Friday 15 February 2013
Intervention of the Holy See 51st Session of the Commission on Social Development (New York, 6-15 February 2013)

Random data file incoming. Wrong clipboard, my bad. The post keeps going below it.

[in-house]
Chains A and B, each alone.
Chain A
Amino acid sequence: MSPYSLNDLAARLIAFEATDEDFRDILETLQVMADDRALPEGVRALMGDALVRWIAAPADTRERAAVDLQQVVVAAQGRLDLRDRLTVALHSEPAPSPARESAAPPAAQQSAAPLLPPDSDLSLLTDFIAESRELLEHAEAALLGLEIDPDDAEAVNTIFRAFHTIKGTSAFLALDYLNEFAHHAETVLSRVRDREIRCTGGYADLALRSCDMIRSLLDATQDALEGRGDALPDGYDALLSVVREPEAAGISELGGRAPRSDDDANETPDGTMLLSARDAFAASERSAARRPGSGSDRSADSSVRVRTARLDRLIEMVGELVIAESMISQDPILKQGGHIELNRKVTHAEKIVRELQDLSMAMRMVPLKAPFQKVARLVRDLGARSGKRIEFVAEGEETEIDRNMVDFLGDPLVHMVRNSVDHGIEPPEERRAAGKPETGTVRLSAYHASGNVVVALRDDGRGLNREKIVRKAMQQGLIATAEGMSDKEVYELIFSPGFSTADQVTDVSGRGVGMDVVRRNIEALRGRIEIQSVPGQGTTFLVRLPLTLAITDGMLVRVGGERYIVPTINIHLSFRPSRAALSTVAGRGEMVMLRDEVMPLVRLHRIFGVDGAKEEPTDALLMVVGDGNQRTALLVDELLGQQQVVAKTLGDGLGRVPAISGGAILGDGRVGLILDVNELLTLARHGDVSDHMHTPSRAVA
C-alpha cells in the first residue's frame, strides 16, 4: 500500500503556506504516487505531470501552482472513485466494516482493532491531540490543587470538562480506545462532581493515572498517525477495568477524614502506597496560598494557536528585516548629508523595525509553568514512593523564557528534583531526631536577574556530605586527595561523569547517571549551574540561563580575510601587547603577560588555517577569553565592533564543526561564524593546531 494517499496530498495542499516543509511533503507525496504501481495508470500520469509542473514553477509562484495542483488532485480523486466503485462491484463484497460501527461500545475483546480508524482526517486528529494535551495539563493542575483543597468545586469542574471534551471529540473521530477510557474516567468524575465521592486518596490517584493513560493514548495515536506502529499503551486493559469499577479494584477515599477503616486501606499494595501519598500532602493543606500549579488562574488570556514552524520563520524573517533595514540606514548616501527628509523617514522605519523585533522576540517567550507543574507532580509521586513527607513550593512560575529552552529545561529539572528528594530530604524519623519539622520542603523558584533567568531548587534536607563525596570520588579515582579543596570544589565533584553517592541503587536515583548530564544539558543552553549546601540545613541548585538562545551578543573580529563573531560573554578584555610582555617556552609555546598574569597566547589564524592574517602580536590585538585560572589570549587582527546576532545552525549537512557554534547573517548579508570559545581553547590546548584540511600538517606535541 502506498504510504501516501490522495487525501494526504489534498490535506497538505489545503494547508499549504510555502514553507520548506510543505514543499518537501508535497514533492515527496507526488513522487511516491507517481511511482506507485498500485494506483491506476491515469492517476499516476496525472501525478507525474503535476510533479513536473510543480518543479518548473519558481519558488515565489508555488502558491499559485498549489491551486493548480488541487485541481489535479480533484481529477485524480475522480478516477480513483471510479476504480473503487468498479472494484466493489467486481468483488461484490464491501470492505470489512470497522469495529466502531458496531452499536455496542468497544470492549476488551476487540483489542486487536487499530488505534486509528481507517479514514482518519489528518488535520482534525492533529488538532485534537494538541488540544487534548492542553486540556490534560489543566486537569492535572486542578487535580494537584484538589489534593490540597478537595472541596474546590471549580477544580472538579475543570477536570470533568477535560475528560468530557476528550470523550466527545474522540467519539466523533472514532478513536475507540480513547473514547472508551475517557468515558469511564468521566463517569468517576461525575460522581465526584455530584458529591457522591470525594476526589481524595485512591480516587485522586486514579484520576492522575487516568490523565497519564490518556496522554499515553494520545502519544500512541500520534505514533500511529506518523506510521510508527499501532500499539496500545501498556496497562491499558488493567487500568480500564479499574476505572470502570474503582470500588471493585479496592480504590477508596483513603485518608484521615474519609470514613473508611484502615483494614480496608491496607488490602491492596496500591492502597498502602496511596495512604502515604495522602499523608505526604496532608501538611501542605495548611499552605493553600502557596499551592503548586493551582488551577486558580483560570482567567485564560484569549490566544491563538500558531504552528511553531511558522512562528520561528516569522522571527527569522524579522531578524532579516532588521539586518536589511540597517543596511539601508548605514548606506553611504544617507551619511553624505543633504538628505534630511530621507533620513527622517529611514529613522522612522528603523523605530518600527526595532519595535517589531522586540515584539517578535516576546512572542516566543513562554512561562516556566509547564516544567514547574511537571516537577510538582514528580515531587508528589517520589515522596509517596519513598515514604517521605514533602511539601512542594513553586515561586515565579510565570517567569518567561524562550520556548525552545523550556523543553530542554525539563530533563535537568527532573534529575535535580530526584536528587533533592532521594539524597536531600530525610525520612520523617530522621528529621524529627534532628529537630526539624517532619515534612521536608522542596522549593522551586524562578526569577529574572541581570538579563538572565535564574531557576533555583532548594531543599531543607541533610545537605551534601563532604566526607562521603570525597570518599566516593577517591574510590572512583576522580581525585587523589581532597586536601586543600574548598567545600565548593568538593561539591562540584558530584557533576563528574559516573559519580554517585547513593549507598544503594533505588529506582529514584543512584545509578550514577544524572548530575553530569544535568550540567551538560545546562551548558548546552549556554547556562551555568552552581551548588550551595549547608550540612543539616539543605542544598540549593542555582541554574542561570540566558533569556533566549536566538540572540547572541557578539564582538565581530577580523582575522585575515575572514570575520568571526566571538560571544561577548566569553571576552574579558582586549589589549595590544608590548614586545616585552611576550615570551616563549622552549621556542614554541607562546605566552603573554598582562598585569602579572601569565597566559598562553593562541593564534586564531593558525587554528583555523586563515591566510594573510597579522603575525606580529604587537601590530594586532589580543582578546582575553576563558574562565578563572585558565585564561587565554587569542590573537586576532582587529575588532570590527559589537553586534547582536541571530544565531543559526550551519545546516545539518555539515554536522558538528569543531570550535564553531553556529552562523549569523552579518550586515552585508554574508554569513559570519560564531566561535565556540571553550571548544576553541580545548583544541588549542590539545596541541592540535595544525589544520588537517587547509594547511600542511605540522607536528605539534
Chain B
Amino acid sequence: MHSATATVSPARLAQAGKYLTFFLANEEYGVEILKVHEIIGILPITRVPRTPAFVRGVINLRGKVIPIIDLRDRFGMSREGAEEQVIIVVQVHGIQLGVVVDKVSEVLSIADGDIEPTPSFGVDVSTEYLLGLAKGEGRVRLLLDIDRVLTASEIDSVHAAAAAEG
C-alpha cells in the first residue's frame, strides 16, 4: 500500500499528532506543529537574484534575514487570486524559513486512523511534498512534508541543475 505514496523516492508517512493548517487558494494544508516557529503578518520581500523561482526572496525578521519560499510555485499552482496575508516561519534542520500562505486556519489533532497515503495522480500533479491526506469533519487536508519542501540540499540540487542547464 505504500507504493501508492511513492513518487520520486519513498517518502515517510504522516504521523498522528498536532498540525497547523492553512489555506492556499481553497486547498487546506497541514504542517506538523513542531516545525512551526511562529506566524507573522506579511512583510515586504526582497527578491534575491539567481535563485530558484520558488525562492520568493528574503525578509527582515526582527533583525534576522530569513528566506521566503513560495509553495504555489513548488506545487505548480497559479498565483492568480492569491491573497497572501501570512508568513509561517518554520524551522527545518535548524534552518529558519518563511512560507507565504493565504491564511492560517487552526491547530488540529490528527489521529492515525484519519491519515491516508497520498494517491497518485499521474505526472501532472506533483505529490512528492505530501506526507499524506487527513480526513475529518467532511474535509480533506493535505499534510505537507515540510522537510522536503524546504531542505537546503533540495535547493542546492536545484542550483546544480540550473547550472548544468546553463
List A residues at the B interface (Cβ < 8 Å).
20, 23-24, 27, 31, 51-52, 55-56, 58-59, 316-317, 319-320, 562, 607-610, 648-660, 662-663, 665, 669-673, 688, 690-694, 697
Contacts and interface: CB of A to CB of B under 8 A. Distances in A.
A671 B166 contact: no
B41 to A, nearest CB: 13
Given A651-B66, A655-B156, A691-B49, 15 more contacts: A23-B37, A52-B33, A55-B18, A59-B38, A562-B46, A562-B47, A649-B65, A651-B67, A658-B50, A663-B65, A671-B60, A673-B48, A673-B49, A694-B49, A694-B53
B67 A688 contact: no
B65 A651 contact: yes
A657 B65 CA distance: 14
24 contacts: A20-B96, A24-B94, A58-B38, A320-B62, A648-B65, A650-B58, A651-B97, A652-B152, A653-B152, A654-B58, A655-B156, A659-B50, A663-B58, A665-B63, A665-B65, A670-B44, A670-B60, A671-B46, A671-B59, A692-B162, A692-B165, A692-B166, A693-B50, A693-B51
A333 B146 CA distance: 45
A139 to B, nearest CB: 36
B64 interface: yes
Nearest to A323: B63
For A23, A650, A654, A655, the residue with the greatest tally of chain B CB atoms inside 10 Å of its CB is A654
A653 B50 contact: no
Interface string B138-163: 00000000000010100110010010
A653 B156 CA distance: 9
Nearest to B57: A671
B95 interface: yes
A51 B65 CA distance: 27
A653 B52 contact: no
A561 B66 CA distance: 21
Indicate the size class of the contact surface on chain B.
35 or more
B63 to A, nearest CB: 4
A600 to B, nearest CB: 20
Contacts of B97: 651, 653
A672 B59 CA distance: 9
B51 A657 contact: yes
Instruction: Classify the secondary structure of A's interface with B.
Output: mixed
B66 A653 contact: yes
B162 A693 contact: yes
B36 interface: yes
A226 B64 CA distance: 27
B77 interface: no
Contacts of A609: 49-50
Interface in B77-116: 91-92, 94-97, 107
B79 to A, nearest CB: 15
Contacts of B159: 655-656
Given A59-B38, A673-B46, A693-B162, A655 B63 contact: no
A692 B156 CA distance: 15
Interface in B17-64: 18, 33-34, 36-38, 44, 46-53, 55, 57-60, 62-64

Intervention of the Holy See 51st Session of the Commission on Social Development (New York, 6-15 February 2013)   Madame Chairperson,   My delegation congratulates you and the bureau on your election and looks forward to contributing towards a fruitful 51st session of the Commission.  The Commission’s priority theme for this year’s session, "Promoting empowerment of people in achieving poverty eradication, social integration and full employment and decent work for all", comes at a time when an estimated 456 million workers continue to live on less than $1.25 day and, as the Secretary General’s report notes, 200 million people are still unemployed as at the end of 2011. These figures are a stark reminder of the persistent presence of extreme poverty in our world. How could the current situation not awaken the conscience of policy-makers, private enterprises, individuals and families to urgently engage in the promotion of a culture of work so fundamentally akin to our human dignity? Work is first and foremost a good of humanity. It educates the individual to take responsibility for his or her acts. Through the experience of work, the individual develops a sense of service to others and learns to discern that personal growth and happiness are the fruits of a work well done. The achievement of a work in which the individual engages all of his or her talents, in a spirit of creativity and service to society, is always a source of joy and legitimate human pride. At the same time, work substantially contributes to socioeconomic development and to the common good of society. It grants those living in extreme poverty the joy of living in dignity. As a fundamental right, work relates to the right to property and is, most importantly, indissoluble from the inherent right of founding and supporting a family. In this regard, it is both timely and appropriate that we begin, during this session, to address the stakes of the 20th anniversary of the International Year of the Family in 2014.  “The family”, as the Universal Declaration of Human Rights observes, “is the natural and fundamental group unit of society and is entitled to protection by society and the State.”[1] The state should be at the service of the family because the family is a good in itself. Every human being, endowed with reason and conscience, can recognize this good as universal. The family cannot be redefined at the whim of now rapid sociological evolutions; it cannot be instrumentalized by the state for socioeconomic purposes; it cannot be reduced to the social functions it does indeed perform and performs best when it is healthy and when state policies seek what is good for husbands and wives, fathers and mothers, sons and daughters. Accordingly, my delegation welcomes the recognition in the Secretary General’s report for this session that the family is the backbone of intergenerational solidarity and social cohesion, and bears the primary responsibility for the development, education and socialization of children (cf. A/68/61-E/2013/3, para.5).  This reality manifests in the lives of young people around the world who rely on their father and mother to fulfill their role as their first educators. The family is the locus within society wherein new generations learn solidarity towards the weaker and the elderly, love, forgiveness and respect for social norms – in short, how to grow as persons and become responsible citizens. The Holy See remains firmly committed to promoting both respect for the rights and responsibilities of parents and the integral personal development of the youth that are necessary for both generations to fulfill their respective roles within society.  To this end, the Holy See looks forward to organizing its 28th World Youth Day in Rio de Janeiro later this year, expected to gather two million young people from around the world in celebration of their faith and solidarity with all corners of the globe. Madame Chairperson, This year’s session also marks the 10th anniversary of the adoption of the Madrid Plan of Action on Ageing. At the time, Blessed John Paul II reminded those participating in the conference that when addressing the concerns and needs of the elderly one must first of all consider their “dignity as persons, which does not diminish with passing years nor with physical and mental deterioration.”[2]  At a time when many developed countries are facing the challenge of ageing populations, the recognition of the equal dignity of older persons must be vigorously reaffirmed, rejecting operational utilitarian theories which measure the elderly by their economic contributions to society. My delegation recognizes the elderly as vital contributors to society, whose inherent dignity, human and professional experience, knowledge and wisdom command respect and makes of intergenerational solidarity a two-way street for younger generations in search of personal guidance and stability. Governments and society must work to allow the lessons learned by the elderly to be transmitted to future generations while also ensuring that people reaching older ages have access to ongoing educational programmes and social support structures.   Madame Chairperson, In conclusion, the family plays a vital role in all the areas of social development under discussion during this session, for as fundamental unit of society, the family is also the primary economic entity and engine of growth. It is the family that cares for the elderly, and it is the family that furnishes the material, personal, educational, social and spiritual support to the youth in their transition from childhood to adulthood.   If this Commission is to help people and countries make real progress on social development, therefore, it must work to reverse trends manifesting indifference to the family and trends destabilizing what the family is by nature and recommit to advancing a perspective genuinely supportive of the family in all aspects of social development.   I thank you, Madame Chairperson. [1] United Nations Universal Declaration of Human Rights, 10 December 1948, article 16,3. [2] John Paul II, Message to the Second World Assembly on Ageing, Madrid (3 April 2002).